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Gases

Page history last edited by Philip Small 11 years, 10 months ago
My appreciation to Sean K. Barry for posting this to Yahoo! Tech Group: Biochar on October 12, 2008
 
Pyrolysis of biomass using limited oxygen supplied from air emits a gas called "producer gas".  This gas is really a mixture on both non-condensable and condensable gases.  The difference between condensable versus non-condensable gases is that condensable gases will phase-shift and can form liquids or solids when they come into contact with "cooler" surfaces.  The "producer gas" is primarily made up of {non-condensable gases: Hydrogen gas-H2:~20%, Carbon Monoxide-CO:~20%, Carbon dioxide-CO2:~10-15%, Methane-CH4:2-3%, Oxygen-O2:<1%, and Nitrogen gas-N2:~40-45%, and condensable Water vapor-H2O:~5% plus other condensable vapors of some liquid hydrocarbons called poly-cyclic aromatic hydrocarbons (PAHs), substances like pyroligneous acid, acetic acid, turpentine, and some alcohols}.  Entrained along with and in the flow of gases and liquids exiting out of a pyrolysis reactor, there may also be particles of solid matter which are mostly unburned carbon particles blown explosively off the biomass when it is in the "flaming pyrolysis zone", which a a point usually nearest the entry of "oxidant" into the reactor.
 
The non-condensable gases H2, CO, & CH4, are all flammable.  The other non-condensable gases: N2, O2, and CO2, are just hot when they exit the reactor, but they are not flammable.  When pure Oxygen gas-O2 is used as the oxidant, rather than "air" (which contains ~19% Oxygen gas-O2 and 78% Nitrogen gas-N2), then the gas which is emitted is called "synthesis gas".  The "producer gas" coming from an "air-blown" pyrolysis reaction is very similar to "synthesis gas", except that it is diluted with Nitrogen-N2 gas.  Condensing vapors mix with condensed liquids and particles to form what can be semi-solid or even solid "tars" on the cooler surfaces that are impinged with the exiting gas mixture.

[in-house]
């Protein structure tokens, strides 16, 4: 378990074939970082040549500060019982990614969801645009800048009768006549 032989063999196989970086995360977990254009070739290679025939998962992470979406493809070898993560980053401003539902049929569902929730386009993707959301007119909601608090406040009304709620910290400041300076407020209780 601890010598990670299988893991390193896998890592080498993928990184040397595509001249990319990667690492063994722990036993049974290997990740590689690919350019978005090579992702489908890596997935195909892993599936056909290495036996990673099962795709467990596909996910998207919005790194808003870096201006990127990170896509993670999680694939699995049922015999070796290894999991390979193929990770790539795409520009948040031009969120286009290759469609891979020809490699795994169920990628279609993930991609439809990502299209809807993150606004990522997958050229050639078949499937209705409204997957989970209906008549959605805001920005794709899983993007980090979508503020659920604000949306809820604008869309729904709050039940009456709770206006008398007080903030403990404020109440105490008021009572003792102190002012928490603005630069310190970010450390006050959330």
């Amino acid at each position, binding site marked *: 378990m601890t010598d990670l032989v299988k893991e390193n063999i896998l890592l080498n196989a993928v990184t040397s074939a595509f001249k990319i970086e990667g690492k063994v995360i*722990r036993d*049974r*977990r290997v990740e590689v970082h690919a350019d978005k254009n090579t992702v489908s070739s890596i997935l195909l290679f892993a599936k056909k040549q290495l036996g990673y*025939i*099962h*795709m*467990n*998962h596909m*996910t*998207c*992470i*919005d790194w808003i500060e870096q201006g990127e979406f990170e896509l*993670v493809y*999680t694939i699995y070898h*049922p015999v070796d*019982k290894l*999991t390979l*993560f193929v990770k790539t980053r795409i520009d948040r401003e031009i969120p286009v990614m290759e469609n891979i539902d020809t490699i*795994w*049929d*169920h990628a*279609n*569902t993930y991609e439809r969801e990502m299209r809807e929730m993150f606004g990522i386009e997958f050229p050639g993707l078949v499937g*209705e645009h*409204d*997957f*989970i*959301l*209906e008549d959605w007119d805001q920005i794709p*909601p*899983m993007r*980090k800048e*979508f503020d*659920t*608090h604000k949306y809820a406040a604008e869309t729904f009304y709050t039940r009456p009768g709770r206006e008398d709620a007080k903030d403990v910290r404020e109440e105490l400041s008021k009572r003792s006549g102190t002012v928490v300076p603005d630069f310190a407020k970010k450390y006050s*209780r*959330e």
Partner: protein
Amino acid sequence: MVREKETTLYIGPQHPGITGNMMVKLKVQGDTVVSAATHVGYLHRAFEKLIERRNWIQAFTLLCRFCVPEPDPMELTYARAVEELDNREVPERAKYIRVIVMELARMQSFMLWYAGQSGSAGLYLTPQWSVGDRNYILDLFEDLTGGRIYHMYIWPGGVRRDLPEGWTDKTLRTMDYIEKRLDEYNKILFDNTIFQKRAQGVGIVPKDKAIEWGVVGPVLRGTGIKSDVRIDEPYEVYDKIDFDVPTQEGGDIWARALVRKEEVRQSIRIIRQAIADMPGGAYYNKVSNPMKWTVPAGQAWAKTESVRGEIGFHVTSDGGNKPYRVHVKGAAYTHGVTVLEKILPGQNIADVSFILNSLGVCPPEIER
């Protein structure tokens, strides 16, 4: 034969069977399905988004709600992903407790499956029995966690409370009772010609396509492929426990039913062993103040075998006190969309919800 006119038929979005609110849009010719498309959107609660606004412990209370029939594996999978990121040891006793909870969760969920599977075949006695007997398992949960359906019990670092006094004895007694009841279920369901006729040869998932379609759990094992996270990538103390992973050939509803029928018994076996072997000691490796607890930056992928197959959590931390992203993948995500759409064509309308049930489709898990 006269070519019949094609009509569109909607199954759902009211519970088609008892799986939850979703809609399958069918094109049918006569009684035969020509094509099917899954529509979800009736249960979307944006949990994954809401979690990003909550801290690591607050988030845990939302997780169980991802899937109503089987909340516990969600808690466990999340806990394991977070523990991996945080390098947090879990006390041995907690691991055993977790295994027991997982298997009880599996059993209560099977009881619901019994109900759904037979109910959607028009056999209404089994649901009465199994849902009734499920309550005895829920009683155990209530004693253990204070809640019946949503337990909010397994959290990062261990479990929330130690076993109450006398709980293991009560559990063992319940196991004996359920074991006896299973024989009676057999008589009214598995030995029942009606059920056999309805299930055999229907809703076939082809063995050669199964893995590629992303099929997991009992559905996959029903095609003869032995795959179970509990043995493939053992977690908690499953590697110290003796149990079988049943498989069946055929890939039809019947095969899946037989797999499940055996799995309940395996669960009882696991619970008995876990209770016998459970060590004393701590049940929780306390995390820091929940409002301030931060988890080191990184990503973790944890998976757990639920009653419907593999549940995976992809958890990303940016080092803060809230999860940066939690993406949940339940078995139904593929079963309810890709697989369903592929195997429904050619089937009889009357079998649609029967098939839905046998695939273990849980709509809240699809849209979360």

The ONLY Green House Gases (GHGs) emitted from a pyrolysis reaction are Carbon dioxide-CO2, and potentially Methane-CH4.  If sufficient secondary air is introduced and mixed into the exhaust from the reactor and there is continuous ignition in case the exhaust stopa burning, then all of the flammable non-condensable gases: H2, CO, CH4 and some of the flammable vaporized liquids and particles will all be consumed in the "Flare".  This will create heat (usually lost heat) and will emit only CO2 and H2O in the exhaust from that flame.  An effective "flare" has sufficient oxygen/air, good mixing of oxygen/air with the exhaust, and does not go out.
 
Pyrolytic reactions do not emit Sulfur Oxides-SOx, Nitrogen Oxides-NOx (specifically NO, NO2, NO2), nor Nitrous Oxide-N2O.  The only one of these which is a GHG is N2O.  The temperatures of pyrolysis, 400C to 600C, are just not hot enough to form these compounds, nor is there much sulfur in most biomass.
 
The most significant problems creating "non-clean" GHG emissions from a pyrolysis reaction done in a low cost/low tech reactor/kiln would be to NOT BURN (or FLARE) any Methane-CH4 exiting from the reactor or to be so inefficient as to release more carbon in the "producer gas" (as CO, CO2, or CH4) than is left in the charcoal by-product.  The main reason not releasing Methane-CH4 is that it is such a potent GHG.  It is 23 times more potent than CO2 in the atmosphere.  This means it can absorb and re-radiate infrared radiation (heat) that is rising from the Earth's surface 23 times more effectively than the same volume of CO2.  When biomass is converted into charcoal via pyrolysis with air and with some emitted exhaust, then there will necessarily be emission of some CO2.
 
In the best, most efficient pyrolysis reactions, only ~60-65%% of the original carbon in the biomass is retained in the charcoal.  The rest is emitted as CO, CO2, and Methane-CH4.  Emitting large amounts of CO2, CO, or worst of all Methane-CH4 means that the amount of carbon that is left in the charcoal to be sequestered into the soil is less than the amount of carbon emitted.  There will be no gain in combating increases in atmospheric carbon if the kiln/pyrolysis reactor emits the 2% Methane in the producer gas without FLARING.  If 3% Methane-CH4 is emitted, then there is more damage done to the atmosphere by increasing the Methane-CH4 content than could ever be recovered, even if all of the carbon from the original biomass could be captured and sequestered.

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